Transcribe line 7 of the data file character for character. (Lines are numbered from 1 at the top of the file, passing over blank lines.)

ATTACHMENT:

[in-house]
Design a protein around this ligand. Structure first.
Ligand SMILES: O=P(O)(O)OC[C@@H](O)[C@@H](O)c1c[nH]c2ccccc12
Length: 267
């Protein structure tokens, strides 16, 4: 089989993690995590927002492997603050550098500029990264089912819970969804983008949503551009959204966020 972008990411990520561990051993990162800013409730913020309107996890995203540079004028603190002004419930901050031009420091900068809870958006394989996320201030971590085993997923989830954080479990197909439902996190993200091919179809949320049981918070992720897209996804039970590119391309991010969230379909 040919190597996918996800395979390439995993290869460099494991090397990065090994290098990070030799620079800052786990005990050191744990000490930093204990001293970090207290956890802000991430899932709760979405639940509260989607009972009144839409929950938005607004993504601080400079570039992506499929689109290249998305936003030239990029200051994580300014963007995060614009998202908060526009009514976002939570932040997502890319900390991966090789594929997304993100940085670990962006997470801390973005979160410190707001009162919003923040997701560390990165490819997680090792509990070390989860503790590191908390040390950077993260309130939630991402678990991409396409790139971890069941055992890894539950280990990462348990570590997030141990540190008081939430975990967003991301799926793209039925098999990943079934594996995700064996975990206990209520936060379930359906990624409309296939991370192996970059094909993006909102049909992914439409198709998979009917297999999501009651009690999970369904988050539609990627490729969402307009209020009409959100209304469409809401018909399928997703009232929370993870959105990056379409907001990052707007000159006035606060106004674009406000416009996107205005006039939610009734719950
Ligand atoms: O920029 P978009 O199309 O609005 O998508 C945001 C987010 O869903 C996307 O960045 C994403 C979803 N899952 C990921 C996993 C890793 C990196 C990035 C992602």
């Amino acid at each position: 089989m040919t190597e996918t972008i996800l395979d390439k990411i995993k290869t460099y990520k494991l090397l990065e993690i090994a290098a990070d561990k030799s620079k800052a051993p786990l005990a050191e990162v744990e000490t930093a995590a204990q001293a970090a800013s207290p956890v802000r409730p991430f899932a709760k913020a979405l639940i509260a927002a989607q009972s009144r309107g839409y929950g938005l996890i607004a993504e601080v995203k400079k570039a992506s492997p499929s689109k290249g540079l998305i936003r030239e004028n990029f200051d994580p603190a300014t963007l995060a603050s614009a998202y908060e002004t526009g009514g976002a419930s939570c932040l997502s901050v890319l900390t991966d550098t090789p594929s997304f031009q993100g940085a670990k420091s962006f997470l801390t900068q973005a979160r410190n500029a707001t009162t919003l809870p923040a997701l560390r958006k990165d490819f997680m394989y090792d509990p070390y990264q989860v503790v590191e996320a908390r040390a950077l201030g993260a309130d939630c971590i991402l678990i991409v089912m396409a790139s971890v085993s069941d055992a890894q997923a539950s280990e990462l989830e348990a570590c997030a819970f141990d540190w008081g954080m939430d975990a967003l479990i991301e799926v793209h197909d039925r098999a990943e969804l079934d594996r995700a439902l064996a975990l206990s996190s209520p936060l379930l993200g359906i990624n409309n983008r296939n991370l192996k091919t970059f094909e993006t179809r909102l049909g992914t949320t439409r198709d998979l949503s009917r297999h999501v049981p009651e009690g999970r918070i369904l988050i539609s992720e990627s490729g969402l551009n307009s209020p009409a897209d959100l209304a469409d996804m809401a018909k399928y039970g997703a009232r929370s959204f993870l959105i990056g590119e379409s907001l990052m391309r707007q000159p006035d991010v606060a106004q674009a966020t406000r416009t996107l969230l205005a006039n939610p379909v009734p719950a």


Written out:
């Amino acid at each position: 089989m040919t190597e996918t972008i996800l395979d390439k990411i995993k290869t460099y990520k494991l090397l990065e993690i090994a290098a990070d561990k030799s620079k800052a051993p786990l005990a050191e990162v744990e000490t930093a995590a204990q001293a970090a800013s207290p956890v802000r409730p991430f899932a709760k913020a979405l639940i509260a927002a989607q009972s009144r309107g839409y929950g938005l996890i607004a993504e601080v995203k400079k570039a992506s492997p499929s689109k290249g540079l998305i936003r030239e004028n990029f200051d994580p603190a300014t963007l995060a603050s614009a998202y908060e002004t526009g009514g976002a419930s939570c932040l997502s901050v890319l900390t991966d550098t090789p594929s997304f031009q993100g940085a670990k420091s962006f997470l801390t900068q973005a979160r410190n500029a707001t009162t919003l809870p923040a997701l560390r958006k990165d490819f997680m394989y090792d509990p070390y990264q989860v503790v590191e996320a908390r040390a950077l201030g993260a309130d939630c971590i991402l678990i991409v089912m396409a790139s971890v085993s069941d055992a890894q997923a539950s280990e990462l989830e348990a570590c997030a819970f141990d540190w008081g954080m939430d975990a967003l479990i991301e799926v793209h197909d039925r098999a990943e969804l079934d594996r995700a439902l064996a975990l206990s996190s209520p936060l379930l993200g359906i990624n409309n983008r296939n991370l192996k091919t970059f094909e993006t179809r909102l049909g992914t949320t439409r198709d998979l949503s009917r297999h999501v049981p009651e009690g999970r918070i369904l988050i539609s992720e990627s490729g969402l551009n307009s209020p009409a897209d959100l209304a469409d996804m809401a018909k399928y039970g997703a009232r929370s959204f993870l959105i990056g590119e379409s907001l990052m391309r707007q000159p006035d991010v606060a106004q674009a966020t406000r416009t996107l969230l205005a006039n939610p379909v009734p719950a």